A former NHS executive has been awarded almost £1 million after she was subjected to sexual harassment and sacked from her post.
Derbyshire Healthcare NHS Foundation Trust has been ordered by an Employment Tribunal to pay Helen Marks, its former HR director, £832,000 after it was found that she had been discriminated against by the NHS Trust and unfairly dismissed from her post.
In summer 2015 the Nottingham Employment Tribunal heard evidence from Mrs Marks that the chairman of the NHS Trust, Alan Baines, had made unwanted sexual advances towards her. Mrs Marks, who was employed on a £99,000-per-annum salary as the HR Director for the Trust, and Mr Baines had previously been friends but their relationship deteriorated after Mr Baines informed Mrs Marks that he loved her shortly prior to her getting married in 2012. The Employment Tribunal also heard evidence that in October 2012 Mrs Marks had been ‘delighted’ when another member of staff failed to get a promotion, and that Mr Baines, who was on the appointments panel, subsequently went into her office and kissed her, believing that he had obtained for her the result that she desired. After Mrs Marks informed Mr Baines that she felt uncomfortable about their relationship, contact between the two ‘reduced substantially’.
The Employment Tribunal was also told that Mr Baines had reacted badly when another colleague bought Mrs Marks a glass of prosecco on a night out in March 2013, believing that she was having a relationship with the colleague. He subsequently sent her a ‘barrage of nasty texts’, including one that called her a ‘whore’ and accused of her sleeping with the colleague. A number of weeks after this incident Mr Baines accused Mrs Marks again of having an affair and threatened that he ‘intended to humiliate her’.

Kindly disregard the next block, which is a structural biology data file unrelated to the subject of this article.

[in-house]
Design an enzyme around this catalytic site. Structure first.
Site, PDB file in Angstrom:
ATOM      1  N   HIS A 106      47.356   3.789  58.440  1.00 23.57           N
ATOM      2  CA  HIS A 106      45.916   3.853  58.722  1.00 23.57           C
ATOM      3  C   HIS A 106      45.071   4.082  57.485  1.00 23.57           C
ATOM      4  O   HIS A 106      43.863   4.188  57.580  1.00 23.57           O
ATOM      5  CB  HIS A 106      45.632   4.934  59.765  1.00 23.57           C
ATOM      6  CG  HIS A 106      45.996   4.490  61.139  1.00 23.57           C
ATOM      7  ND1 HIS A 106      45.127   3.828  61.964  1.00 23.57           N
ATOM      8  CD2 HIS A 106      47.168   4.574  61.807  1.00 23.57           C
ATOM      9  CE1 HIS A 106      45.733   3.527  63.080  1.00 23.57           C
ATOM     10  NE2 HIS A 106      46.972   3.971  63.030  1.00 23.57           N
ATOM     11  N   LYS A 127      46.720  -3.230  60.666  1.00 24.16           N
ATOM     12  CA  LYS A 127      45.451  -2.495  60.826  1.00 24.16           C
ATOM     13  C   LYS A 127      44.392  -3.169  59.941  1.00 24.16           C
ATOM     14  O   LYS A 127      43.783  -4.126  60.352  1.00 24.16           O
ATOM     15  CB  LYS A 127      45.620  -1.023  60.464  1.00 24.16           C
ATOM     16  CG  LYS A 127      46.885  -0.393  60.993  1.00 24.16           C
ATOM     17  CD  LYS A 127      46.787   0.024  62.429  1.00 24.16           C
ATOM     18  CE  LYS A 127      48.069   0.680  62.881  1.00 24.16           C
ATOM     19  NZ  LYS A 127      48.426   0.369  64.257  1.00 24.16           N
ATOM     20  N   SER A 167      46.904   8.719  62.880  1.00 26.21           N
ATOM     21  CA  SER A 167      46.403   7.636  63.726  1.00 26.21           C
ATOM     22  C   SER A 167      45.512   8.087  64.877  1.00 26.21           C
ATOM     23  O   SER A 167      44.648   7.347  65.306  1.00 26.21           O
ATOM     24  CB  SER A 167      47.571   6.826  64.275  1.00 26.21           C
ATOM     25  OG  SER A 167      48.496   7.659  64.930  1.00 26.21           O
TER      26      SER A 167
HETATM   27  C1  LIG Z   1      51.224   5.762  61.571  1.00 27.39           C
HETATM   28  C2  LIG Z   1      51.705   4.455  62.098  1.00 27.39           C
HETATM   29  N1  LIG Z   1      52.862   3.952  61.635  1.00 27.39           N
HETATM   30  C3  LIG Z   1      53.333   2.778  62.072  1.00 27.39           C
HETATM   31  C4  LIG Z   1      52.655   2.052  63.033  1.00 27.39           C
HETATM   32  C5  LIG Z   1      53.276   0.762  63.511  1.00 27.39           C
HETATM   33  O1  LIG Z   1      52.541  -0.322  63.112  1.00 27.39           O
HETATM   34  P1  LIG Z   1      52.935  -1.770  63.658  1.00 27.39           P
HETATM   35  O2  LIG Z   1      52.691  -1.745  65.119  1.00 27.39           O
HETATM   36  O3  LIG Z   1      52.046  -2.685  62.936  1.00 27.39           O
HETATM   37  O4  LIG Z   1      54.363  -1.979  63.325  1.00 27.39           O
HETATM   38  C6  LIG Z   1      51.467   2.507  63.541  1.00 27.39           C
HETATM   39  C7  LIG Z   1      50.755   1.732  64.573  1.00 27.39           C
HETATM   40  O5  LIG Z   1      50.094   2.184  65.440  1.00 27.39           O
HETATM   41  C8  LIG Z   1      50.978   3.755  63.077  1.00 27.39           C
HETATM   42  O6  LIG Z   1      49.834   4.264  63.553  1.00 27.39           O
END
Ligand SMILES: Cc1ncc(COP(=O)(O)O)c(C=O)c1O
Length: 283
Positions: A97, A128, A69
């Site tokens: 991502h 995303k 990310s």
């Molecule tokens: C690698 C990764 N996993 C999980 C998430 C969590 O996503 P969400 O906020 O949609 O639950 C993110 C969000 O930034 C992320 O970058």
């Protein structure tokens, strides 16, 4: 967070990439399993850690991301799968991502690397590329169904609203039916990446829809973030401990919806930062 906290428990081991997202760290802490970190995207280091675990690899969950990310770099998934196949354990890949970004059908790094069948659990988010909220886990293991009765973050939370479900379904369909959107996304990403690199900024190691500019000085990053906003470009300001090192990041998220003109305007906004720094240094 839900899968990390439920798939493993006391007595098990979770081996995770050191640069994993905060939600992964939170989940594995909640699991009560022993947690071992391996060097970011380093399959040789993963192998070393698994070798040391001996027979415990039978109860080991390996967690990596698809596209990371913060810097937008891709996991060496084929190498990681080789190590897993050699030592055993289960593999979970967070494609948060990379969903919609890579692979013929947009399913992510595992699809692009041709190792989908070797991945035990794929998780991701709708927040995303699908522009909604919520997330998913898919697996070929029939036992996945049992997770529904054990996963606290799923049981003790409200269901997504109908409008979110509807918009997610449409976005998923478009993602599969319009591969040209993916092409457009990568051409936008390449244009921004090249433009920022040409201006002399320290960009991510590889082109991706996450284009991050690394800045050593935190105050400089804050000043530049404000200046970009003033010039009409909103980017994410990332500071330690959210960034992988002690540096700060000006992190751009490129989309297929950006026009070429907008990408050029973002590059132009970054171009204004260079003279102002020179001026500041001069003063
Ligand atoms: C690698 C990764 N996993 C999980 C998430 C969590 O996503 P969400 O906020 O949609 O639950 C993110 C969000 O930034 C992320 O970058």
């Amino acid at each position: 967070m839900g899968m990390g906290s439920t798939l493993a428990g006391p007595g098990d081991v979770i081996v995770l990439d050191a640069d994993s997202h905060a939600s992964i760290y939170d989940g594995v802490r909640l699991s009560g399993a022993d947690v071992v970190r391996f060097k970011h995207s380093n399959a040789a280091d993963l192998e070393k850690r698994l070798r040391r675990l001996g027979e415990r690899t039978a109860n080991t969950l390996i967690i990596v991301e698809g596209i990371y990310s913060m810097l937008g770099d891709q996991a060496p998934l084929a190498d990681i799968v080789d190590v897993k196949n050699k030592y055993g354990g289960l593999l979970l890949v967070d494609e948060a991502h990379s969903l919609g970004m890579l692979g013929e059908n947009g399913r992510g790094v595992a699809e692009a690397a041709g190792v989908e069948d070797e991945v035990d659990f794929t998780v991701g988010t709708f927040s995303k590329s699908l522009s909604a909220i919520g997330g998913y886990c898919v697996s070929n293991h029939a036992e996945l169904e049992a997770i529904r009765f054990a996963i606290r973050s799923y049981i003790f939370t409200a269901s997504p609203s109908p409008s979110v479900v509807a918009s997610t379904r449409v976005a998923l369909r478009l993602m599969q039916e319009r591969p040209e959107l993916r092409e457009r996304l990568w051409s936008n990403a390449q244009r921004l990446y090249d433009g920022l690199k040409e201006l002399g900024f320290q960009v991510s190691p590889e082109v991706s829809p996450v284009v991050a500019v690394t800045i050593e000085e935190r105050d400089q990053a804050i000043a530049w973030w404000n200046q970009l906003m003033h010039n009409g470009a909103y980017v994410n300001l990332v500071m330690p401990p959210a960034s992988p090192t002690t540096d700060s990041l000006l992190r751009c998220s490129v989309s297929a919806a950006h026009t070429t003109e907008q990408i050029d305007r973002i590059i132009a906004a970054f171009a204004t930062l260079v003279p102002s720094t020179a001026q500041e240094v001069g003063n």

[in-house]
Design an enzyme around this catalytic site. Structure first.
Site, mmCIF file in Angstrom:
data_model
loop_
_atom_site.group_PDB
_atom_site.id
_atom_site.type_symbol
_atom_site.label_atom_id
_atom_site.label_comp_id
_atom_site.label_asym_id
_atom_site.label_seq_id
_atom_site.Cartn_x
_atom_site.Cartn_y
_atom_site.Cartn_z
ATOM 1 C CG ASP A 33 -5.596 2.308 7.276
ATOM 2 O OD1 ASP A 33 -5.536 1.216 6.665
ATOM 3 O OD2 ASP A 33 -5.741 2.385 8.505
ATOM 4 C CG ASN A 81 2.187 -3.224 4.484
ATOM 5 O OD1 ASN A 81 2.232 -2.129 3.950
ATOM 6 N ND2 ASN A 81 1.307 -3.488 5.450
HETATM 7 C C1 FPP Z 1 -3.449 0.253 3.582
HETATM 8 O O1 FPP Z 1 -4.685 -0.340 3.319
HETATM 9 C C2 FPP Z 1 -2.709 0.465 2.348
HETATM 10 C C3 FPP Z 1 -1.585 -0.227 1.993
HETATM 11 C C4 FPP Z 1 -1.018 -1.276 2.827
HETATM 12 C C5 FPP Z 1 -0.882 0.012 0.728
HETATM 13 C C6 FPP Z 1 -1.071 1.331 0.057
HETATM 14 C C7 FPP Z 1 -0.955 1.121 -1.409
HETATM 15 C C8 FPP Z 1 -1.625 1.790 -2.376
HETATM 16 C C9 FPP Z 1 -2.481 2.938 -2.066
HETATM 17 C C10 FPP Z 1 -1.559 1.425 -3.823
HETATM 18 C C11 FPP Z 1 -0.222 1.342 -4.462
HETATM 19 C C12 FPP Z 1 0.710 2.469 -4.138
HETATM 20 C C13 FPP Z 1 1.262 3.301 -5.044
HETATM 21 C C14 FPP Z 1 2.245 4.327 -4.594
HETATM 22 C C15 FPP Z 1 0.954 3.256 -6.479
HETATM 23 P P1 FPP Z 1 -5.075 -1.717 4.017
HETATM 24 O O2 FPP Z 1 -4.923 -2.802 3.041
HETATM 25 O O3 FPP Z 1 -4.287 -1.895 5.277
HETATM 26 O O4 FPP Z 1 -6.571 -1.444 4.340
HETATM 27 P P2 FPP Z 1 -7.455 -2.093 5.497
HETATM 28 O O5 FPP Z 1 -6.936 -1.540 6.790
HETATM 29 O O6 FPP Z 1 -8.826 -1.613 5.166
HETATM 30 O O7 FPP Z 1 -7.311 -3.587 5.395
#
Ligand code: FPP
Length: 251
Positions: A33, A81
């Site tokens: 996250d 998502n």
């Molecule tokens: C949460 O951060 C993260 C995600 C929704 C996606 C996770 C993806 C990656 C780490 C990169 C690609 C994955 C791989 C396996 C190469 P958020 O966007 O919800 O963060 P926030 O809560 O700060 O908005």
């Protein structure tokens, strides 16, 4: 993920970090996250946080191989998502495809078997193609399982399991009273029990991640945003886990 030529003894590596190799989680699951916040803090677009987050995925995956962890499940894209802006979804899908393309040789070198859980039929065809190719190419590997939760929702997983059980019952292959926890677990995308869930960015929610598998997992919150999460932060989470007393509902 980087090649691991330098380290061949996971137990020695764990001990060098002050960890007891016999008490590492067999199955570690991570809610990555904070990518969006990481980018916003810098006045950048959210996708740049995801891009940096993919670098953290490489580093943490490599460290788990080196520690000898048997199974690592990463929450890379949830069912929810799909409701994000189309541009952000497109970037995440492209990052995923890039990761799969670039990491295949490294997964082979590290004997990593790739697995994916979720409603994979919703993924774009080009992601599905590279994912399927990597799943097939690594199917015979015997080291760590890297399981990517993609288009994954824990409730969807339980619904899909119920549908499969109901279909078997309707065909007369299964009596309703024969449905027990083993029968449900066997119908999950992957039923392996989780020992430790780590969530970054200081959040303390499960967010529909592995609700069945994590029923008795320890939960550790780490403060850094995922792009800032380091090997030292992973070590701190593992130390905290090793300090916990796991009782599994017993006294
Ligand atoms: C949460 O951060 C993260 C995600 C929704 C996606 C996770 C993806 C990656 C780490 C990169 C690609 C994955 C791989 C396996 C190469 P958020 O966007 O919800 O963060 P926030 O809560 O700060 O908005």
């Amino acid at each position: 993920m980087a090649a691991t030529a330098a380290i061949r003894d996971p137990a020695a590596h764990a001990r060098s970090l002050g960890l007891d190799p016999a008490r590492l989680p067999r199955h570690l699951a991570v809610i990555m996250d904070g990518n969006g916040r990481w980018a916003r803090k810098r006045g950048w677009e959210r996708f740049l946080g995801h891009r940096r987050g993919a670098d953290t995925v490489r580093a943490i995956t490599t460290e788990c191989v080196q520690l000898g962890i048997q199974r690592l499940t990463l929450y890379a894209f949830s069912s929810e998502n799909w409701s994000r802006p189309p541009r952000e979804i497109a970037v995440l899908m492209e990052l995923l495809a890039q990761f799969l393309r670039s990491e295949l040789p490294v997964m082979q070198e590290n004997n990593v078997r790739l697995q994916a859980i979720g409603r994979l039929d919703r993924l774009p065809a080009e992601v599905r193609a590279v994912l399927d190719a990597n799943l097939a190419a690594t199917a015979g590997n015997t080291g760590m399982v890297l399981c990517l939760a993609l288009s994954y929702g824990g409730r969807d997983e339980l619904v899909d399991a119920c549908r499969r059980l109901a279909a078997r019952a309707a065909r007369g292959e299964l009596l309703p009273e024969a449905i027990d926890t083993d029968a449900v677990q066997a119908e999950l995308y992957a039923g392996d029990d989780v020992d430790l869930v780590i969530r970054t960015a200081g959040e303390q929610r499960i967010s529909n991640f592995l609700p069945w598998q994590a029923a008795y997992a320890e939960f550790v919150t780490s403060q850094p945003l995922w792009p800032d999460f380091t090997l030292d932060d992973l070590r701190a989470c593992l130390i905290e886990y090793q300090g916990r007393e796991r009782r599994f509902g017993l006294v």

Matters came to a head when Mr Baines received a complaint from a colleague later in 2013 that Mrs Marks was bullying them. The Tribunal heard that Mr Baines was ‘clearly delighted’ about the complaint and that he made a decision based on the allegations of bullying that the NHS Trust should ‘dispense with her services’. Mrs Marks was suspended at that point and escorted from the premises. She subsequently resigned from her role with the organisation and made an Employment Tribunal claim for sexual harassment and constructive dismissal.
The Employment Tribunal ruled in Mrs Marks’ favour in her claims for unfair dismissal and sexual harassment in summer 2015, holding that Mr Baines had harassed Mrs Marks, and that Mr Baines and Mr Trenchard had ‘colluded’ to force Mrs Marks out of her job. A remedies hearing took place in November 2015 and it has now been reported that the Employment Tribunal has awarded Mrs Marks £832,000 for loss of earnings, injury to feelings, and interest.
Chris Hadrill, a specialist employment solicitor at Redmans, commented on the case: “This is one of the highest payouts made in a case in 2015, and appears to be a categorical loss for Derbyshire Healthcare NHS Foundation Trust. Businesses must be careful to ensure that any complaints made by employees are dealt with in a fair way and that no ‘knee-jerk’ decisions to suspend or discipline an employee are made – if such ‘knee-jerk’ decisions are made then it could, as in this case, lead to expensive and time-consuming Employment Tribunal proceedings.”
The Telegraph’s report of the case can be found here.